Served: 9 years
September 16, 1907 to July 3, 1916
During February 1906, Arthur nearly lost his life when a wagon loaded with newspapers was struck by a Cincinnati, Hamilton, and Indianapolis train. The horse was killed, the wagon demolished, and he was thrown thirty feet, but he survived his injuries.
Our first indication of his employment as a Hamilton Patrolman was when he arrested a well-known arsonist and drug user during July 1911. At the time, the Department consisted of 36 Patrolmen. A popular officer, by 1914 he was elected President of the Hamilton Police Mutual Aid Society.
During 1915, he was assigned to act as Inspector when Inspector John H. DeArmond was terminated. On September 2, 1915, he was permanently promoted to the position.
Walter Balser was born during October 1883 to Jacob Bolser and Jane Kisskaden Balser. His abuse of women began as early as 14-years-old in 1898 when Maggie Orr complained he assaulted her due to a feud in the First Ward. He was living with his parents in 1900 and working as a laborer for a safe manufacturer. His father died when he was 21 in 1905.
On July 1, 1916, Patrolman Yarnell was called to Caldwell Street for a report of an intoxicated Walter Balser abusing his wife. Patrolman Yarnell attempted to arrest the powerfully built Balser and several officers were needed to overcome his resistance.
While in the search room at the Hamilton Police station, at 6:15 p.m., Dr. Zerfass tried to tend the wounds that Balser sustained during his arrest. When Inspector Walke ordered Balser to sit in a chair, Balser suddenly punched him knocking him unconscious. As he fell, Balser flung himself on top of the Inspector. Inspector Walke’s head struck the cement floor, fracturing his skull. Balser had to be pulled off by Dr. Zerfass. He boasted to Dr. Zerfass, “Did you see how I handled that guy?”
Inspector Walke was carried into the Mayor’s office bleeding from the nose and ears. Dr. Edward Cooke was called, and he ordered the inspector to Mercy Hospital.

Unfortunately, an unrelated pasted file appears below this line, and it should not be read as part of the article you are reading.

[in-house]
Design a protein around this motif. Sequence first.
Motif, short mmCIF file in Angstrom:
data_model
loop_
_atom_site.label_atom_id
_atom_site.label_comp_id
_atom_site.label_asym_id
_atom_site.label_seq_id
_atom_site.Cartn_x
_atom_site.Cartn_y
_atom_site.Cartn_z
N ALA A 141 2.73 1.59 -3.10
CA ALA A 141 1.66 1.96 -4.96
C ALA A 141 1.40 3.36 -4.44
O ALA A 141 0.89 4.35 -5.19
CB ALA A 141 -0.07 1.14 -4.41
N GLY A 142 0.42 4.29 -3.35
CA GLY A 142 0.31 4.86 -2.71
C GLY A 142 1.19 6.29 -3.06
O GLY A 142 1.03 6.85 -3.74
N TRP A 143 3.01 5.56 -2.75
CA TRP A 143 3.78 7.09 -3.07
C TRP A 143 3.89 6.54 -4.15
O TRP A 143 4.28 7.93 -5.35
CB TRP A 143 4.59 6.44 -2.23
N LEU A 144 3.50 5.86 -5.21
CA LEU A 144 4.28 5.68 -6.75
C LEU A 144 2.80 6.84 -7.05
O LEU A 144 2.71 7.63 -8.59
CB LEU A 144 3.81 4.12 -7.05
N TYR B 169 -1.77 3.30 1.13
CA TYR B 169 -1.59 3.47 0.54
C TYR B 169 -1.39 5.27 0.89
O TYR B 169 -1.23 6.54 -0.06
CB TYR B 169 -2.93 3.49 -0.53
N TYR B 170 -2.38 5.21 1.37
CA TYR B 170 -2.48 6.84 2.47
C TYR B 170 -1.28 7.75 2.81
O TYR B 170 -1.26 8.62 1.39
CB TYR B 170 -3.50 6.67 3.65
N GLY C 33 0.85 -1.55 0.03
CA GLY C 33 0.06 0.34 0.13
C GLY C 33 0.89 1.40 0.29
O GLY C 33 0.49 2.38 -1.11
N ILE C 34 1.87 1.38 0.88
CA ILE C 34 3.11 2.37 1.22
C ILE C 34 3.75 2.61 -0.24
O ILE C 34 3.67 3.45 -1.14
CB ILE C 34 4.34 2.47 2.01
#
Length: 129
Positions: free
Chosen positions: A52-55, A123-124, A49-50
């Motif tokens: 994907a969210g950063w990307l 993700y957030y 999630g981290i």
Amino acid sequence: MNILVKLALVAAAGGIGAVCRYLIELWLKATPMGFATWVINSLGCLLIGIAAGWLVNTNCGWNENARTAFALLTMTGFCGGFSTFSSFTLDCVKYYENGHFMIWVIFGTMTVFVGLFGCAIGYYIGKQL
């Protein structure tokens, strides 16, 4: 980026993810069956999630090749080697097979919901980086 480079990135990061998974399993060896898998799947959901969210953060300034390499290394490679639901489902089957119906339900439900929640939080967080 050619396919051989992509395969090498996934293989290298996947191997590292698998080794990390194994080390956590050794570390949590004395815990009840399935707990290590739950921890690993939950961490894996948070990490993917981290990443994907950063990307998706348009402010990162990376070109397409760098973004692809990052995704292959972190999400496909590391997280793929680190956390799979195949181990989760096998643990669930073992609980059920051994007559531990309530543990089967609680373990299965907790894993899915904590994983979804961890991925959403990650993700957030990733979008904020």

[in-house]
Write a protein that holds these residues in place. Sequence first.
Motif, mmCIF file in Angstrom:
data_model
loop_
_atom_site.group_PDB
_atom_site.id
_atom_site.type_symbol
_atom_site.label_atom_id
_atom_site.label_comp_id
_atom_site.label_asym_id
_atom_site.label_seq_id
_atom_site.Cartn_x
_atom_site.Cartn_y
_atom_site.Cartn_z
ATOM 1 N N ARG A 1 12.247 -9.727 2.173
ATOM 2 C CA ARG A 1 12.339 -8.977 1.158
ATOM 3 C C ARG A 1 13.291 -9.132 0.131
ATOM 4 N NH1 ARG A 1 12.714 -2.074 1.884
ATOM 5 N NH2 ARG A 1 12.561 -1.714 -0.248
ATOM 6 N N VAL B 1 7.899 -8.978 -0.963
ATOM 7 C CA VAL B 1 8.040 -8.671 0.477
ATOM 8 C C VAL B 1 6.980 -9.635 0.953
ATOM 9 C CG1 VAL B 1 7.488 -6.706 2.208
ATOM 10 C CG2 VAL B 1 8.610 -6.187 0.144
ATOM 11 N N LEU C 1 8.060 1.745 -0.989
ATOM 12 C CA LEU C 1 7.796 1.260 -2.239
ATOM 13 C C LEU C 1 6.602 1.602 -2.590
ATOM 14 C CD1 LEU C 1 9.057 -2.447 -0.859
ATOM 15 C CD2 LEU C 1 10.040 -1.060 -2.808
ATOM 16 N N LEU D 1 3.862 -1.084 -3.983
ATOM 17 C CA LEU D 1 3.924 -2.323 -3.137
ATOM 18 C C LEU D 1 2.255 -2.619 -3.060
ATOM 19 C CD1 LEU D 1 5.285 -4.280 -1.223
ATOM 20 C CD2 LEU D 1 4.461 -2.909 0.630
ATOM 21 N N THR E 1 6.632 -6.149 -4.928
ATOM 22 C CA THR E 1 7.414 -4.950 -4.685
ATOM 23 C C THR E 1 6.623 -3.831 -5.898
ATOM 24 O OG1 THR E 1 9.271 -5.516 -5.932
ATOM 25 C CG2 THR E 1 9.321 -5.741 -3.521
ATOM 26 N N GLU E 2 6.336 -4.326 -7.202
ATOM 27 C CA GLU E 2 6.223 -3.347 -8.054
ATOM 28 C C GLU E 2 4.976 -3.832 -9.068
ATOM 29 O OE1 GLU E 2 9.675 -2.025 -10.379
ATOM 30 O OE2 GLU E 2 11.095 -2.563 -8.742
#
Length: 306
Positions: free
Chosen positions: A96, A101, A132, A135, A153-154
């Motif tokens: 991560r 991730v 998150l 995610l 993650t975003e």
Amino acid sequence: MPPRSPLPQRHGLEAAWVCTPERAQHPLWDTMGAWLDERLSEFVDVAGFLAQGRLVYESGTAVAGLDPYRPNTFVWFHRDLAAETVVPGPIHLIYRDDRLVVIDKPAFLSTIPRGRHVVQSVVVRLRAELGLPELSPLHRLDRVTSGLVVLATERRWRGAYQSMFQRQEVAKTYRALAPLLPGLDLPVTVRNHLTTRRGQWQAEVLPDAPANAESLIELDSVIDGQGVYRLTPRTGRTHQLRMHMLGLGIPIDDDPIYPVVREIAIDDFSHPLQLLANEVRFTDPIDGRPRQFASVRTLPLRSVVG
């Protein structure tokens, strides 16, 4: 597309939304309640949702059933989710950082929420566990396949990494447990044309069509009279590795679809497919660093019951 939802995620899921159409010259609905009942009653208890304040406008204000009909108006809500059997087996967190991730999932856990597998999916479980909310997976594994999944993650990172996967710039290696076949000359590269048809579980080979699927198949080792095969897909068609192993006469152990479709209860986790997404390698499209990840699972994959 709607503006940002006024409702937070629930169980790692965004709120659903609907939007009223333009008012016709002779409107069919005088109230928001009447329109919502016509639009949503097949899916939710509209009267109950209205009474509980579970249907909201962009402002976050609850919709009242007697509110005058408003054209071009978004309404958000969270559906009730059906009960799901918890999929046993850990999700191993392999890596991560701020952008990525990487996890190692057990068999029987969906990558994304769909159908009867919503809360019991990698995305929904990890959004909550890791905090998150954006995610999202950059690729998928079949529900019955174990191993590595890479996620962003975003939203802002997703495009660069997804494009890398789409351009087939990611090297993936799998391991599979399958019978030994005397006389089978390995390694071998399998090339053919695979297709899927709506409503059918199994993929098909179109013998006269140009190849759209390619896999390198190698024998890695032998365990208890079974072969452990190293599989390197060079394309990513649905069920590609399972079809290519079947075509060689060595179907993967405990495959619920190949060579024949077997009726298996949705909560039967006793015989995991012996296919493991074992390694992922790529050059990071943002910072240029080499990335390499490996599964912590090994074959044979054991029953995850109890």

Balsar was taken to the County Jail for his own safety.
His condition worsened before arriving at the hospital and steadily thereafter until Monday morning, July 3, 1916, when all hope of a recovery was given up and the family was called to the hospital.
Inspector Walke never regained consciousness and died on July 3, 1916 at 3:20 p.m. from the fractured skull and concussion of the brain. Inspector Walke was the first line of duty death in the Hamilton Police Department. Balser was charged with Murder.
Inspector Walke left a wife, Minnie A. Walke, and children, Mark Walk (21), William Wilmer Walk (19), and Hardeman Martin Walke (16). Funeral services were conducted at his home at 713 Central Avenue by Rev. C. R. Sine of the High Street Church of Christ. Following which his remains were escorted to Greenwood Cemetery by a detail of police, the Eagles, and the Ben Hurs.
Judge Cunningham presided over Balser’s preliminary hearing, bound him over to the Grand Jury, and remanded him back to jail without bond. Balser petitioned the judge for another bond hearing and on October 5, 1916 the judge refused. The Grand Jury returned an indictment for 2nd Degree Murder.
His first trial began on November 28, 1916. On December 1st, the jury was hopelessly deadlocked with 9 wanting a finding of Guilty of Manslaughter. On December 15, another trial began. On December 18, 1916, within an hour of retiring, the jury found Balser guilty of Manslaughter. On January 18, 1917, Judge Murphy sentenced Balser to 1 to 20 years in the penitentiary. By 1918 he was already out of prison, living in Dayton, and working as a machinist when is daughter died of pneumonia in Dayton. In 1929, at 44-years of age, he was injured in an auto accident on Millville Road and Edgewood. Helen Eigel charged him with abusing her on October 6, 1930 and he was charged with public intoxication and disorderly conduct.
Inspector Walke’s youngest son, Martin, was shot and killed in another homicide in Hamilton 5 years later in 1921.
Mrs. Walke died in 1933.
However, we know that great, great, great grandchildren survive him.
If you know of any information, artifacts, archives, or images regarding this officer or incident, please contact the Greater Cincinnati Police Museum at Memorial@Police-Museum.org.
© This narrative was further researched and revised July 2, 2021 by Cincinnati Police Lieutenant Stephen R. Kramer (Retire), Greater Cincinnati Police Historical Society President, assisted by researcher Joyce Meyer, Price Hill Historical Society. All rights are reserved to them and the Greater Cincinnati Police Museum.